Posted by: Lisa Hill | September 7, 2011

2011 Victorian Premier’s Literary Awards

That Deadman DanceI was very lucky to be a guest of the Wheeler Centre at the 2011 Victorian Premier’s Literary Awards tonight, so I was there in person to see Kim Scott take out both the Award for Fiction and the $100,000 Victorian Prize for Literature at the awards ceremony.  That Deadman Dance is a once-in-a-decade kind of book and it is no wonder that it is taking out awards across the country.  I loved it from the moment I started turning the pages.  Please do click through to this Sensational Snippet from the book, read my review if you haven’t already done so, and get yourself a copy of That Deadman Dance as soon as you can.

The other prize winners were:

The Three Loves of PersimmonYoung Adult category:

The Three Loves of Persimmon
by Cassandra Golds
Penguin  (What a gorgeous cover!)

Drama: Do Not Go Gentle by Patricia Cornelius (Fortyfive Downstairs)

The World BeneathThe Taste of River WaterPoetry:

The Taste of River Water
by Cate Kennedy
Scribe

(After the ceremony I had the very great pleasure of meeting Cate and chatting with her about her forthcoming book.   Cate is the author of one of my all-time favourite books, The World Beneath (see my review here) so it’s great to hear that we don’t have long to wait for her new one!)

An Eye for Eternity: The Life of Manning ClarkNon Fiction
An Eye for Eternity: The Life of Manning Clark
by Mark McKenna
Melbourne University Publishing

Into the Woods: The Battle for Tasmania's ForestsFinally, the People’s Choice Award went to Anna Krien for Into the Woods: The Battle for Tasmania’s Forests


Responses

  1. I m so looking forward to this coming out in the uk Lisa ,great to go to the awards ,and meet him ,I hope it is as well recieved in the uk as it was in uk ,all the best stu

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  2. Sounds like a fun night!

    Now that I own it, I really need to make time to read That Deadman’s Dance.

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    • I’d like to see your review too!

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  3. Some great winners Lisa … and it must have been a fun night. I’d like to read more Kennedy … have only so far read one short story.

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    • Sue, I think her new book will interest you too. She said it was similar in structure to Olive Ketteridge, a set of stories linked together. Which made me want to drop everything and read Olive, but I’m going to have it put it off a little bit, I want to re-read Julius Caesar before we go to see the Bell Shakespeare Co on Friday night….

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  4. “That Deadman Dance is a once-in-a-decade kind of book”. Coming from you, that’s all I need to hear to reserve a copy for February (its US release date). Your review from earlier in the year was excellent also. Thanks to you, I look forward to reading this gem.

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    • Thanks, Kerry…I wonder…are there any American Indians writing an indigenous literature in the US?

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  5. I do not think the tradition is as strong or, possibly, only not as mainstream as it has literature from the descendants of indigenous people has become in Australia. I knew of Sherman Alexie (PEN/Faulkner Award and National Book Award). N. Scott Momaday (Pulitzer Prize for Fiction in 1969 for House Made of Dawn) is another prominent Native American/American Indian author.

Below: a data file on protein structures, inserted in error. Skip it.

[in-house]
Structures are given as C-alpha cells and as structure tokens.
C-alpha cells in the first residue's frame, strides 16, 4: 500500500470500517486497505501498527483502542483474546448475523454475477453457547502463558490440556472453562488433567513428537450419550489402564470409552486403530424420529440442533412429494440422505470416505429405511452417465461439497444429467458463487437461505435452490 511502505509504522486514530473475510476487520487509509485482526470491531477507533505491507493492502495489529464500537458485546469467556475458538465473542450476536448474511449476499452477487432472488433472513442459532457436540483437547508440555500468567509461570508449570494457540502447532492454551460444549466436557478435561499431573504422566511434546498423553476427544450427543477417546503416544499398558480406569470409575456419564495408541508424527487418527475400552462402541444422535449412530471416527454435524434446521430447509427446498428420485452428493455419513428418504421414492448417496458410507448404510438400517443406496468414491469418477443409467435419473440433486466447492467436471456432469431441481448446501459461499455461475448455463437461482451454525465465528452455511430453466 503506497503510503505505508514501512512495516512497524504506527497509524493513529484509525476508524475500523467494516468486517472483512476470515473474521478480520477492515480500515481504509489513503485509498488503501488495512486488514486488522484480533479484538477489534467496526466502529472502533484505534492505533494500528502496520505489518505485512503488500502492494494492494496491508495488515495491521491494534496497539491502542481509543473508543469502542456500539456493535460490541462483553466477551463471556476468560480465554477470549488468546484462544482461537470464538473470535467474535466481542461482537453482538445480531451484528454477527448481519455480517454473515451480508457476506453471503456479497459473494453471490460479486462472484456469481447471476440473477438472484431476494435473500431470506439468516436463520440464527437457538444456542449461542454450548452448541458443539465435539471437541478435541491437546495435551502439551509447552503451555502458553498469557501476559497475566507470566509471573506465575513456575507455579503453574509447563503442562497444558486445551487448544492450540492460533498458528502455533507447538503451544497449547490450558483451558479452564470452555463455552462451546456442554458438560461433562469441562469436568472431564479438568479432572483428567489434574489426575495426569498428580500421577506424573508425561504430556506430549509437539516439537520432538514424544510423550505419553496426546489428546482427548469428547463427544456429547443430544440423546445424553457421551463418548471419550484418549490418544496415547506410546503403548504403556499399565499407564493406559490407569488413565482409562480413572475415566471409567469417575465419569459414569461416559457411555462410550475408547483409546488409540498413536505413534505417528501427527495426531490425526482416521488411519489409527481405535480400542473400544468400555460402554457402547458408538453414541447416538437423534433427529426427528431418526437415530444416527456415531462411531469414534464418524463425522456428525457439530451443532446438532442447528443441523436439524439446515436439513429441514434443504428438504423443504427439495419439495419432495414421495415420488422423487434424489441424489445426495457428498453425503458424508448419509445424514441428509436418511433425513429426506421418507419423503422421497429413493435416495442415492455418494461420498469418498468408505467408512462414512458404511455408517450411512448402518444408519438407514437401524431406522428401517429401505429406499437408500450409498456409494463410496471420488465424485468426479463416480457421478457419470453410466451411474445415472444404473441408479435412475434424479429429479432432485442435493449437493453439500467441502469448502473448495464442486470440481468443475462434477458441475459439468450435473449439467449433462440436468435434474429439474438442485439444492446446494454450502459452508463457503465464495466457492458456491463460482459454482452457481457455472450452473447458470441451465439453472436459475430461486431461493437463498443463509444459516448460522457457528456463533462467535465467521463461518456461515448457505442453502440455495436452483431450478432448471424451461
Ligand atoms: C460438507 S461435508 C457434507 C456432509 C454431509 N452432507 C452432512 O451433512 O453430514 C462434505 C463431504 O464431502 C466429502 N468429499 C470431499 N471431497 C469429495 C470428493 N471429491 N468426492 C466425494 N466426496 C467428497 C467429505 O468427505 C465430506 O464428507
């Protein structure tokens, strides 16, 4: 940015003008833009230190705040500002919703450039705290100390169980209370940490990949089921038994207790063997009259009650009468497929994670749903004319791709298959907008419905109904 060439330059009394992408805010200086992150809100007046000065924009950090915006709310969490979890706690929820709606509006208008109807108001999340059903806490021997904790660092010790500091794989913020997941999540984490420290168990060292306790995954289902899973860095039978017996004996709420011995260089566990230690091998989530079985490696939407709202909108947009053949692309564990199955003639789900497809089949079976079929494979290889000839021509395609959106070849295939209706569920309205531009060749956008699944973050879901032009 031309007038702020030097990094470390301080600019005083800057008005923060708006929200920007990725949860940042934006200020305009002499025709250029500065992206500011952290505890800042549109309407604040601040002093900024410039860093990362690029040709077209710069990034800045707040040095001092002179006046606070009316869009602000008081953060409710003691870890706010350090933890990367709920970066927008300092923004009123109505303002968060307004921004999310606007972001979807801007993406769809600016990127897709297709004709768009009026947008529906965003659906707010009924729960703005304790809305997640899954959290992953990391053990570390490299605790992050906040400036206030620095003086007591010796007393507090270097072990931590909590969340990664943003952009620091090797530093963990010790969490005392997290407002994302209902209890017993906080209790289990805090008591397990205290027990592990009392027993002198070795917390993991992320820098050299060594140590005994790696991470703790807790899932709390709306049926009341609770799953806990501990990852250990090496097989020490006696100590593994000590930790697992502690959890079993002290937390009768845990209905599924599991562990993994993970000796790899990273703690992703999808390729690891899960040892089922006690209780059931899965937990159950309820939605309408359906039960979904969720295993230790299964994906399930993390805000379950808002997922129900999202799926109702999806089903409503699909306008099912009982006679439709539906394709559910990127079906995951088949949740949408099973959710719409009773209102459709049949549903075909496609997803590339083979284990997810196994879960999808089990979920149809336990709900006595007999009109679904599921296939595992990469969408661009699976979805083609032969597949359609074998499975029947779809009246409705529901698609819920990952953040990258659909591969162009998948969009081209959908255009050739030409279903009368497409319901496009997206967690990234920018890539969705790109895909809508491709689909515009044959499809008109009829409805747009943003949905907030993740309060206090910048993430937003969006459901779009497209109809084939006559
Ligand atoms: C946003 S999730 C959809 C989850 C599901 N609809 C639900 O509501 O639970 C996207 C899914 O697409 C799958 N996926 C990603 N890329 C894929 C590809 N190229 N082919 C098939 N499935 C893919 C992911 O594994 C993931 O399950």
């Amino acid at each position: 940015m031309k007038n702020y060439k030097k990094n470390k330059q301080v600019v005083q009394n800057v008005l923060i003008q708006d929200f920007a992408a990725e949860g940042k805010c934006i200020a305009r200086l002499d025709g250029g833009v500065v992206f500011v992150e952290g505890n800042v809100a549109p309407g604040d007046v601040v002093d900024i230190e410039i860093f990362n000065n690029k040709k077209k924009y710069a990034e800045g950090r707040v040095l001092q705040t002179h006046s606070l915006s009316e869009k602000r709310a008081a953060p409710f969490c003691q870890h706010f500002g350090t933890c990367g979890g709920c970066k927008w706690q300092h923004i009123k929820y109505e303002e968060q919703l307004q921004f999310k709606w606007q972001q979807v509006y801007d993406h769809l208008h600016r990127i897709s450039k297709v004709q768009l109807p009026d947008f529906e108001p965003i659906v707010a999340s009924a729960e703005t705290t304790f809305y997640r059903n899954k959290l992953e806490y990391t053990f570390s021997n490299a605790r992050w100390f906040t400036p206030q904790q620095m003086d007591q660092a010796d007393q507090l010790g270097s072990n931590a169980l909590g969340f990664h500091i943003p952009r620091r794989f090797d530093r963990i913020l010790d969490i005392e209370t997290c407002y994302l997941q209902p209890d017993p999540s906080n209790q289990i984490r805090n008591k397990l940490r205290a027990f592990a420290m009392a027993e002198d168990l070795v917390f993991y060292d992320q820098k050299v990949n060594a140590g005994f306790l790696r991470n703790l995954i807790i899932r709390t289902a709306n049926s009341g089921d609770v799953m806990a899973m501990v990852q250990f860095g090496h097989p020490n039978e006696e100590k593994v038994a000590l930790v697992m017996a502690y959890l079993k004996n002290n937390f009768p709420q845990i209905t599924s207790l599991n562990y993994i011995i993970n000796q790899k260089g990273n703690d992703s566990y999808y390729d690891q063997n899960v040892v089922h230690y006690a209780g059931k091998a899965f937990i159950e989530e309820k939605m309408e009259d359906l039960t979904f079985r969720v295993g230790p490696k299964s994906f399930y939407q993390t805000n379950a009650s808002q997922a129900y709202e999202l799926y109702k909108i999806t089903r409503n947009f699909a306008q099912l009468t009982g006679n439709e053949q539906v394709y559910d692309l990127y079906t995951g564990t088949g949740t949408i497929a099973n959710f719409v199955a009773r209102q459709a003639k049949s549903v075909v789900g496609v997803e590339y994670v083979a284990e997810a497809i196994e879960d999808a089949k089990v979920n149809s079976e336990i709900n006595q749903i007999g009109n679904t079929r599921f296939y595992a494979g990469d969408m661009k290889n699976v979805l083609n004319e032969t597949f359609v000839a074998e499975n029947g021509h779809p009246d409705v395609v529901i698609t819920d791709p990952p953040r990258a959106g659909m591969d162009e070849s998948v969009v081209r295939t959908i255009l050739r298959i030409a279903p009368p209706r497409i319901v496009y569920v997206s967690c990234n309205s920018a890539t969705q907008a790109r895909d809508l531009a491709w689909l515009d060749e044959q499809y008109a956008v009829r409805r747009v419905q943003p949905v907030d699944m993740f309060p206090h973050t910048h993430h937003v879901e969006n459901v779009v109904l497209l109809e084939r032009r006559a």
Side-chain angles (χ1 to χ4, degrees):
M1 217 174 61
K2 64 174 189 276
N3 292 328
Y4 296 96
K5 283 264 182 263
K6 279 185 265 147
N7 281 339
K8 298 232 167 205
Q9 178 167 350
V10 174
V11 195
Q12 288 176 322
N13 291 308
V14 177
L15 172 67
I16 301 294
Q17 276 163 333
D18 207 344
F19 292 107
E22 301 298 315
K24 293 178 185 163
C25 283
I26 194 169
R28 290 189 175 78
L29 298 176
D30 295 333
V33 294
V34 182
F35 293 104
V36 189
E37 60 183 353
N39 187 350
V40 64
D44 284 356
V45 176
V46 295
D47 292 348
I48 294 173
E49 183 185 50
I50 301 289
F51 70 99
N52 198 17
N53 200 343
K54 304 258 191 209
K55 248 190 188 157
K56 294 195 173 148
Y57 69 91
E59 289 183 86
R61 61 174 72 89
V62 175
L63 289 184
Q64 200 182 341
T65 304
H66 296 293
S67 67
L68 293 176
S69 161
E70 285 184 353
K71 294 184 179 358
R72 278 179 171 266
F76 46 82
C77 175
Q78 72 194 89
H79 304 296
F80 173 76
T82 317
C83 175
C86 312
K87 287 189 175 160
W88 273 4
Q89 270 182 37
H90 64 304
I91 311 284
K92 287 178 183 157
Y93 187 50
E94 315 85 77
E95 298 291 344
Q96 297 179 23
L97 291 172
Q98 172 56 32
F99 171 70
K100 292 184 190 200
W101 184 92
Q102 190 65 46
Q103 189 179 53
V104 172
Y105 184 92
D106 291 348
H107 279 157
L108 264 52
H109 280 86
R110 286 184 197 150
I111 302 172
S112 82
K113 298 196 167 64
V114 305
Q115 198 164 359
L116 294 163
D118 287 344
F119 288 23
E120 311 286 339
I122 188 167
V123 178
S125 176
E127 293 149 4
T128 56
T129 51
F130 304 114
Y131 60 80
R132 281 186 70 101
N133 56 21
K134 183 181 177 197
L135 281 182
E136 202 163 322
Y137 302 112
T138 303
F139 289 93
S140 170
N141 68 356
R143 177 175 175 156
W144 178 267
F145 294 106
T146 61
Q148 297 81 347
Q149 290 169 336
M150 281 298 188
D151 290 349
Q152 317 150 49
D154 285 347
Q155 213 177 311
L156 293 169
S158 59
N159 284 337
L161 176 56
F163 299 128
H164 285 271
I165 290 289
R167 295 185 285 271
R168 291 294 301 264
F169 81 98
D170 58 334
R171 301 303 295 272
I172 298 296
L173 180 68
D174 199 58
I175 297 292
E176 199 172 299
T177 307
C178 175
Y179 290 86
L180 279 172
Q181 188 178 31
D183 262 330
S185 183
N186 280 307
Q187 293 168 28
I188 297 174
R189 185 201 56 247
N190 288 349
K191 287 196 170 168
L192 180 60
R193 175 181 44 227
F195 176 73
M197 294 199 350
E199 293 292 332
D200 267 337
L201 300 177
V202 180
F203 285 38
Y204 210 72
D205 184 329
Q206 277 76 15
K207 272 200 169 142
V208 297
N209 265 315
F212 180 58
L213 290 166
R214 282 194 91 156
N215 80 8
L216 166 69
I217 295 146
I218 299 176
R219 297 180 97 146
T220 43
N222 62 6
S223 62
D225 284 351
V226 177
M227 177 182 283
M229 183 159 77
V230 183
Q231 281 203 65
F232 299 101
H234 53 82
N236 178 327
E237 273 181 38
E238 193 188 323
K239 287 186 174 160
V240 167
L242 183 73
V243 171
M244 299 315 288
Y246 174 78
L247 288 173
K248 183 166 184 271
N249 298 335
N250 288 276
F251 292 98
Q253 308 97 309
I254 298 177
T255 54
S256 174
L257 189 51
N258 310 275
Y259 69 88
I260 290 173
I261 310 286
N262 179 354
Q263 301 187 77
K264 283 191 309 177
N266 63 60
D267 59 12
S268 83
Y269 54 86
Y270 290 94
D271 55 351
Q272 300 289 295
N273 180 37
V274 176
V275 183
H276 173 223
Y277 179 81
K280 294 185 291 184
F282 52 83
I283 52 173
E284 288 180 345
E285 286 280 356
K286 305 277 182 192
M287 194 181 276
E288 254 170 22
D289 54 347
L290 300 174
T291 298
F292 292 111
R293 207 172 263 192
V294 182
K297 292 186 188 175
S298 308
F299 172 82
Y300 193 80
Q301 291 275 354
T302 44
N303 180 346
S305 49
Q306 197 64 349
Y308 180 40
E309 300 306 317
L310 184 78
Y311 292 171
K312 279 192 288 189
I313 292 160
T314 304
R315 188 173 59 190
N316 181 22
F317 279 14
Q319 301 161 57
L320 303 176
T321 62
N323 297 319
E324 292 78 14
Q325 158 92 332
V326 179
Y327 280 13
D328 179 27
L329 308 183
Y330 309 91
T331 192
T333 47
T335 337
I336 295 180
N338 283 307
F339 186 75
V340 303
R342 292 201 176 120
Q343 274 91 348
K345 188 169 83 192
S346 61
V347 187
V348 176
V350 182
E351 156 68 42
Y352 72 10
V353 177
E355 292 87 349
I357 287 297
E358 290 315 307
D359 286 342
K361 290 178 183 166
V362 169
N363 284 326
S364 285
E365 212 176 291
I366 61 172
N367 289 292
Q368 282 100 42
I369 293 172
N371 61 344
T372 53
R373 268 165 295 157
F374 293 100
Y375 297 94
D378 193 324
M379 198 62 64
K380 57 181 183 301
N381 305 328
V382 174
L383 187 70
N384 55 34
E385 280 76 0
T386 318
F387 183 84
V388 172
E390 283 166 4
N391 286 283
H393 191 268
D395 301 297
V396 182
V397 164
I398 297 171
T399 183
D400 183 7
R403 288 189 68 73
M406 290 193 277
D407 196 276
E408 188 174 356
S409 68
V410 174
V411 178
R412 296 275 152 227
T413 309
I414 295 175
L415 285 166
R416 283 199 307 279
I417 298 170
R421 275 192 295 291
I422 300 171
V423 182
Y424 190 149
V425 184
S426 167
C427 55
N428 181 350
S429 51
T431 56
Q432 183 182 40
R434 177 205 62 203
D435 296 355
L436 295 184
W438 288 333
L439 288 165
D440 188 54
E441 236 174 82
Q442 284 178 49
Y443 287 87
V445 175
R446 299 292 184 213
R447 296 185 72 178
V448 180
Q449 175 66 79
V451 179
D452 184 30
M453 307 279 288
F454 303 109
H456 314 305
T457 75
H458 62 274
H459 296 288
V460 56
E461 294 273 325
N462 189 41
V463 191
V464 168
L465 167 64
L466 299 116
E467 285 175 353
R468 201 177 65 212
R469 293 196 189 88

There is probably a larger community of American Indian writers than I realize, but, to the extent a vibrant, American Indian writing community exists, it seems only to break into the mainstream occasionally. While I am not entirely comfortable with notions of who can/should write about various topics, I do believe voices from disparate and unfamiliar (to the mainstream) cultures can enrich our understanding of the human experience no matter the subject they address.

    I think this is my kick to actually read something by Alexie and Momaday and then be alert to literary novels by various American sub-cultures. Thanks.

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    • Well, Kerry, I could be wrong because I only know about the indigenous writing that’s broken into the mainstream too, but even so, I’d hesitate to say that it was a strong tradition here yet. For a multiplicity of reasons, mostly to our collective shame, there hasn’t been much support or encouragement of Aboriginal writing until fairly recently. Now there are some awards (e.g. the David Unaipon Award) and two indigenous writers have won our most prestigious prize (i.e. Kim Scott and Alexis Wright) so hopefully these role models will encourage other authors to have-a-go, and other publishers to support them.

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      • It sounds like the situation is not much different. There is an award for Native American literature, but its advent was fairly recent (1992, I think) and only the two authors I have mentioned seem to have gained significant recognition (awards). The underlying reasons for the dearth of Native American/Aborinal writing seem to be similar in our respective countries.

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        • Ah well, we shall do our little bit to shine a light on what we know of it, eh?

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